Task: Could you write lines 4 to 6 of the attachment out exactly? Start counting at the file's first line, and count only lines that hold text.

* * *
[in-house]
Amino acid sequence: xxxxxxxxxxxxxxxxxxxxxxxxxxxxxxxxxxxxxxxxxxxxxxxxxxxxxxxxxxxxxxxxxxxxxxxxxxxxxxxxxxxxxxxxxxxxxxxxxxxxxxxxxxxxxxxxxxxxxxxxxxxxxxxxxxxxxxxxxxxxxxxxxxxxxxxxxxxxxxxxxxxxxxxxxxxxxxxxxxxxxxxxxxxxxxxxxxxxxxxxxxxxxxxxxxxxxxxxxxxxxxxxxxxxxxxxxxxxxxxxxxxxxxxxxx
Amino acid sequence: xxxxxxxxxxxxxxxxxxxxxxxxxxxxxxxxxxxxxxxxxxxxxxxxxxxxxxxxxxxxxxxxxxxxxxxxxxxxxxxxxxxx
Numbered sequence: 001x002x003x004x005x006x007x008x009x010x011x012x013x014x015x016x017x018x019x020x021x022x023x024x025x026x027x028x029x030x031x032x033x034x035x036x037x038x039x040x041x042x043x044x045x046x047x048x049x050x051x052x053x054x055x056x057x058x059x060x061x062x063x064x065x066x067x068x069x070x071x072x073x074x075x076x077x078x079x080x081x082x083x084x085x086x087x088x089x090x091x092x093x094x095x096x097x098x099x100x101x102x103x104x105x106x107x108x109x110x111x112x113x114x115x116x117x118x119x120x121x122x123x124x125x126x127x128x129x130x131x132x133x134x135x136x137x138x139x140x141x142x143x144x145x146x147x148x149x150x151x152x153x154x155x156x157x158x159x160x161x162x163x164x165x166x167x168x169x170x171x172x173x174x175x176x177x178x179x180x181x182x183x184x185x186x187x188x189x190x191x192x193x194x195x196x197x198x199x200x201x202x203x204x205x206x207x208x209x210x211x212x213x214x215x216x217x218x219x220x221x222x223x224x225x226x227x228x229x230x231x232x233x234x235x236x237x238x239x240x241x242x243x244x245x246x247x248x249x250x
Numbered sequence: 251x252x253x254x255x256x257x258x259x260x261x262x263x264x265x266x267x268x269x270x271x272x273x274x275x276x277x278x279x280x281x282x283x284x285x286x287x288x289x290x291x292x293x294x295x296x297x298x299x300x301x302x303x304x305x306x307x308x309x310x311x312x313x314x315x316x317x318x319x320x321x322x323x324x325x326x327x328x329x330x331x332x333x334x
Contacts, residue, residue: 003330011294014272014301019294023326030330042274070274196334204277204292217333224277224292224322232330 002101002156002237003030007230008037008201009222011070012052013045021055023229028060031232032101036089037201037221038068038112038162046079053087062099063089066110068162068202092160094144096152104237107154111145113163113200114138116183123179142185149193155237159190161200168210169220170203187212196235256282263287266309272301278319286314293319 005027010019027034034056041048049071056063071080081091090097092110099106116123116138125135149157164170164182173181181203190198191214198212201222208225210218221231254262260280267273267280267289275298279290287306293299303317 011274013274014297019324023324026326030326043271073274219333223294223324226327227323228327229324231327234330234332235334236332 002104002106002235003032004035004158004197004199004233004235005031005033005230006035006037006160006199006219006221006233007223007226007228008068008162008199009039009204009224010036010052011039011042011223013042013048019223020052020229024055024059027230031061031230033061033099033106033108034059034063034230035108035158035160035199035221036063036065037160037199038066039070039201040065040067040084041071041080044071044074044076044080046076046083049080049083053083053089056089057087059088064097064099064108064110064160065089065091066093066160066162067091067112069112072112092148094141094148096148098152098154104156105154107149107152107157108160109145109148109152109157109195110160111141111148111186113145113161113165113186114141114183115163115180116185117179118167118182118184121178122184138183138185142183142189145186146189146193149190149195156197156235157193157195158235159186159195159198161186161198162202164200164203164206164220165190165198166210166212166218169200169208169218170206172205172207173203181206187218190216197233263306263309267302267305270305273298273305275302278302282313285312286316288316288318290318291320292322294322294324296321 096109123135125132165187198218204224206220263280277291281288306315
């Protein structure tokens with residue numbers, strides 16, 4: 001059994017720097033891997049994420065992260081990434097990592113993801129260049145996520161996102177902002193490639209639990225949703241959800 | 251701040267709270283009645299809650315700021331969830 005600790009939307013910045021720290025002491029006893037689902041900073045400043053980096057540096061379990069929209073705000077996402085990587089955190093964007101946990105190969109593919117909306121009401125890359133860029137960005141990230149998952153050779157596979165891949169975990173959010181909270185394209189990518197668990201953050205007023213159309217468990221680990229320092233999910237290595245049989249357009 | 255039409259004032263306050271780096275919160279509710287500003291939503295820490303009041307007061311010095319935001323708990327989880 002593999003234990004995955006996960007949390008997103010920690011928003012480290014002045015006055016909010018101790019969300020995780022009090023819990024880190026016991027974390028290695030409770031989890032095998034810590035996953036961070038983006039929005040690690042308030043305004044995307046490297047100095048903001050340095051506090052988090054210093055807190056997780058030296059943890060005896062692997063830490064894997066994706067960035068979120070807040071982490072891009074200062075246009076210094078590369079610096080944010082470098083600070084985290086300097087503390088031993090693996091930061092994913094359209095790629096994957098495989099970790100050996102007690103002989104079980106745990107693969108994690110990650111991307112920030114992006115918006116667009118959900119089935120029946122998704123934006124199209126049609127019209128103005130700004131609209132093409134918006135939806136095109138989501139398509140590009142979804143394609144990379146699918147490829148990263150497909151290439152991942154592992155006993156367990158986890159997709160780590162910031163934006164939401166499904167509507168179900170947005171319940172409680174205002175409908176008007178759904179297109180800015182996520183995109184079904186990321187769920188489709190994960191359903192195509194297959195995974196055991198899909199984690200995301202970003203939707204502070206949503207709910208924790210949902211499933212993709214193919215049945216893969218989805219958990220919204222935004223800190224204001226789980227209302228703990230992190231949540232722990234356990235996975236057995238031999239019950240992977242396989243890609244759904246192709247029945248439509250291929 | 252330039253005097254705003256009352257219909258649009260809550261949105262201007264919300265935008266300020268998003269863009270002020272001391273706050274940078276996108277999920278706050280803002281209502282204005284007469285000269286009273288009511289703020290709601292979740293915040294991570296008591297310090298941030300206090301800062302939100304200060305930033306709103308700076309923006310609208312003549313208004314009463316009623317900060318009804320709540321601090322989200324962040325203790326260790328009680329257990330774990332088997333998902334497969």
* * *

Numbered sequence: 001x002x003x004x005x006x007x008x009x010x011x012x013x014x015x016x017x018x019x020x021x022x023x024x025x026x027x028x029x030x031x032x033x034x035x036x037x038x039x040x041x042x043x044x045x046x047x048x049x050x051x052x053x054x055x056x057x058x059x060x061x062x063x064x065x066x067x068x069x070x071x072x073x074x075x076x077x078x079x080x081x082x083x084x085x086x087x088x089x090x091x092x093x094x095x096x097x098x099x100x101x102x103x104x105x106x107x108x109x110x111x112x113x114x115x116x117x118x119x120x121x122x123x124x125x126x127x128x129x130x131x132x133x134x135x136x137x138x139x140x141x142x143x144x145x146x147x148x149x150x151x152x153x154x155x156x157x158x159x160x161x162x163x164x165x166x167x168x169x170x171x172x173x174x175x176x177x178x179x180x181x182x183x184x185x186x187x188x189x190x191x192x193x194x195x196x197x198x199x200x201x202x203x204x205x206x207x208x209x210x211x212x213x214x215x216x217x218x219x220x221x222x223x224x225x226x227x228x229x230x231x232x233x234x235x236x237x238x239x240x241x242x243x244x245x246x247x248x249x250x
Numbered sequence: 251x252x253x254x255x256x257x258x259x260x261x262x263x264x265x266x267x268x269x270x271x272x273x274x275x276x277x278x279x280x281x282x283x284x285x286x287x288x289x290x291x292x293x294x295x296x297x298x299x300x301x302x303x304x305x306x307x308x309x310x311x312x313x314x315x316x317x318x319x320x321x322x323x324x325x326x327x328x329x330x331x332x333x334x
Contacts, residue, residue: 003330011294014272014301019294023326030330042274070274196334204277204292217333224277224292224322232330 002101002156002237003030007230008037008201009222011070012052013045021055023229028060031232032101036089037201037221038068038112038162046079053087062099063089066110068162068202092160094144096152104237107154111145113163113200114138116183123179142185149193155237159190161200168210169220170203187212196235256282263287266309272301278319286314293319 005027010019027034034056041048049071056063071080081091090097092110099106116123116138125135149157164170164182173181181203190198191214198212201222208225210218221231254262260280267273267280267289275298279290287306293299303317 011274013274014297019324023324026326030326043271073274219333223294223324226327227323228327229324231327234330234332235334236332 002104002106002235003032004035004158004197004199004233004235005031005033005230006035006037006160006199006219006221006233007223007226007228008068008162008199009039009204009224010036010052011039011042011223013042013048019223020052020229024055024059027230031061031230033061033099033106033108034059034063034230035108035158035160035199035221036063036065037160037199038066039070039201040065040067040084041071041080044071044074044076044080046076046083049080049083053083053089056089057087059088064097064099064108064110064160065089065091066093066160066162067091067112069112072112092148094141094148096148098152098154104156105154107149107152107157108160109145109148109152109157109195110160111141111148111186113145113161113165113186114141114183115163115180116185117179118167118182118184121178122184138183138185142183142189145186146189146193149190149195156197156235157193157195158235159186159195159198161186161198162202164200164203164206164220165190165198166210166212166218169200169208169218170206172205172207173203181206187218190216197233263306263309267302267305270305273298273305275302278302282313285312286316288316288318290318291320292322294322294324296321 096109123135125132165187198218204224206220263280277291281288306315